It has been wonderful to welcome students back on campus for Term Two; however, this is a selfish sentiment. Although I, and other staff, have enjoyed students returning to our classes, it is important to reflect on how students themselves must be feeling.

Over the past few months, Somerset College students have undertaken quite the journey. Although naturally excited, they began the year with the traditional apprehensions and nerves surrounding the commencement of a new academic year and their ‘graduation’ to a new year level and the expectations that come with it. After taking the time to become familiar with new classes and teachers, our students integrated themselves into the routine of academic life admirably.

Then, without warning, COVID-19 reared its head at the end of the term in Queensland once again and fears, anxieties and apprehensions could have taken hold. I am proud of the College’s response during this time. However, it was a close that we did not predict nor seek.

Now… in the blink of an eye… we are back at school following the academic break and preparations are well underway for the upcoming examination period for our Middle and Senior students.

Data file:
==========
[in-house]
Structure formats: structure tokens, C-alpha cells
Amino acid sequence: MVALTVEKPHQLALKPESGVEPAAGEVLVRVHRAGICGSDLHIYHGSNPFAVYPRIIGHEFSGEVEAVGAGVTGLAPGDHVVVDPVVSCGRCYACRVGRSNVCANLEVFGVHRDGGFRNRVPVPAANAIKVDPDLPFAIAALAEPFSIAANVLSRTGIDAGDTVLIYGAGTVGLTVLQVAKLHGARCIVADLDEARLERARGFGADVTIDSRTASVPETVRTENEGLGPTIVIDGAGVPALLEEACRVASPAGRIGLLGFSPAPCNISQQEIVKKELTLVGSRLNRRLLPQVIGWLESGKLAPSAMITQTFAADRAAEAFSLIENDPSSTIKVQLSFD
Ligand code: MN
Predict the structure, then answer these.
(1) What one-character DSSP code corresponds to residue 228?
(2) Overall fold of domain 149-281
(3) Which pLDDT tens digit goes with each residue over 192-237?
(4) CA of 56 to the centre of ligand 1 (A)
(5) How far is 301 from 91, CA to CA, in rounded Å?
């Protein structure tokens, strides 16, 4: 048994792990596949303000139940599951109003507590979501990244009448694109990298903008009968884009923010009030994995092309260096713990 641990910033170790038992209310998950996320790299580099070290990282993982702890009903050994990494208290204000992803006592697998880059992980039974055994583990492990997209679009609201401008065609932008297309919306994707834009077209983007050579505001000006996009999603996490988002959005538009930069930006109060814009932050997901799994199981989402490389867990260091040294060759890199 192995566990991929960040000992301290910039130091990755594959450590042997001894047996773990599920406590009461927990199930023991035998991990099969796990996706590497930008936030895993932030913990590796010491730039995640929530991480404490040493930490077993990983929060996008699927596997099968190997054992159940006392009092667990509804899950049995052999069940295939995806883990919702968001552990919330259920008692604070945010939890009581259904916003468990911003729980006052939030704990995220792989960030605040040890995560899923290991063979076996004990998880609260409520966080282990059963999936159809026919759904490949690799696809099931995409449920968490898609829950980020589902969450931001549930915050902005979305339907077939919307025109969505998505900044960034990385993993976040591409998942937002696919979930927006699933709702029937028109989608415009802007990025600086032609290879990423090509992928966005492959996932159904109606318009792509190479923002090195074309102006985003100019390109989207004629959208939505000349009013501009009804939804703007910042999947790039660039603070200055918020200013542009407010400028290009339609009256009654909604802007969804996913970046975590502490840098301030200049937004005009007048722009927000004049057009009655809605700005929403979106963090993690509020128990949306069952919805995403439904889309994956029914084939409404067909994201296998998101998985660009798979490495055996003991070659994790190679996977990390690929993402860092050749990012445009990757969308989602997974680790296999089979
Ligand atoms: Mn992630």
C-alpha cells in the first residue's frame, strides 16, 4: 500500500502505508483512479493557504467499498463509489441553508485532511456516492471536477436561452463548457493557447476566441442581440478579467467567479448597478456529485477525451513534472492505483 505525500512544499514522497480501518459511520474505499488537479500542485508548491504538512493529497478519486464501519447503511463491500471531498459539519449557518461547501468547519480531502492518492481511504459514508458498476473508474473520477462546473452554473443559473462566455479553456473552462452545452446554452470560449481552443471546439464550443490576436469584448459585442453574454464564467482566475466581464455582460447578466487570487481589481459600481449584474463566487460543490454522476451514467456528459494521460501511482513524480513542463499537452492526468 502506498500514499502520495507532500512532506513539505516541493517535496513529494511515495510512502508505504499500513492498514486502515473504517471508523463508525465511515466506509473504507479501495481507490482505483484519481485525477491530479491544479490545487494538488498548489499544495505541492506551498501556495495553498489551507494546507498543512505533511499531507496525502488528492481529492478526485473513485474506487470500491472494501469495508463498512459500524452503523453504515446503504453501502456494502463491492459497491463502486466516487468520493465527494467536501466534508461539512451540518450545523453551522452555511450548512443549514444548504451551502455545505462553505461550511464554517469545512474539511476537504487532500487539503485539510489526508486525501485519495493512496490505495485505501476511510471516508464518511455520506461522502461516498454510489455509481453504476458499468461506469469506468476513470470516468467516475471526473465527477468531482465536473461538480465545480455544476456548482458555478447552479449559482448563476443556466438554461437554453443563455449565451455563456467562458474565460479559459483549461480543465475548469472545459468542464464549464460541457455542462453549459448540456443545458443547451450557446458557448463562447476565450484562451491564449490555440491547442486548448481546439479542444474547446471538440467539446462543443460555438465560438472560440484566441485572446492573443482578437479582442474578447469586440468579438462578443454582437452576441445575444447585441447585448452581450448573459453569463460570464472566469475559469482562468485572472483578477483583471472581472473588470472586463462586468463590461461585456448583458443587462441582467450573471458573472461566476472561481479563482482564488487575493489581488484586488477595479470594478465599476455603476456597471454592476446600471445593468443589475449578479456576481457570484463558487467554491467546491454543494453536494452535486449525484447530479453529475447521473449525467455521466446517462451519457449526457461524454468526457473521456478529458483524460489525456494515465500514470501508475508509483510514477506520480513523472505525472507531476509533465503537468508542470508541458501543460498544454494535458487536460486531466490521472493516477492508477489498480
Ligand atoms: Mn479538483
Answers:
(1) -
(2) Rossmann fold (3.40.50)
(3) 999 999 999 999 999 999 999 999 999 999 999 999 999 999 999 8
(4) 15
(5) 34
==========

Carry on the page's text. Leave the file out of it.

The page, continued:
Students' academic transitions are carefully monitored but it is also vital to check on their mental health and wellbeing. During my brief tenure thus far at Somerset, I am proud of the College’s awareness of our students’ mental state and the capacity that we have to support them in a myriad of ways. However, throughout my career, I acknowledge that I have been asked by numerous parents what they can do to help their own children. I therefore offer Michael Grose’s 2016 article, How to Move Your Child from Worrier to Warrior.

Although some of Grose’s suggestions may sound too juvenile for adolescents, I would suggest that variations of his ideas can be applied to all children… and adults for that matter.

As a parent of a worrier, and also a natural born worrier myself, I’m a collector of ideas and strategies to better manage anxieties and worries. Fortunately, as a child my young worrier didn’t allow her anxieties to prevent her from participating in sporting, learning, social or leisure activities inside or outside school.

She did, however, spend a lot of time worrying about how little everyday things would pan out, almost to the point of being sick at times. She was a micro-manager who always made sure she had every angle covered in an unfamiliar or new situation. For instance, if she was to be picked up from a friend’s birthday party she’d always have a back up plan in case a parent wouldn’t arrive in time to take her home! ‘Being prepared for every contingency’ was one of her main strategies to help alleviate her worries.

Many children worry about seemingly little things that they have no control over. Whether it’s worrying about the house catching on fire; monsters or spiders lurking under their beds; or even worrying that their parents will go work in the morning and won’t return home can seem irrational to all-knowing adults but make perfect sense to them.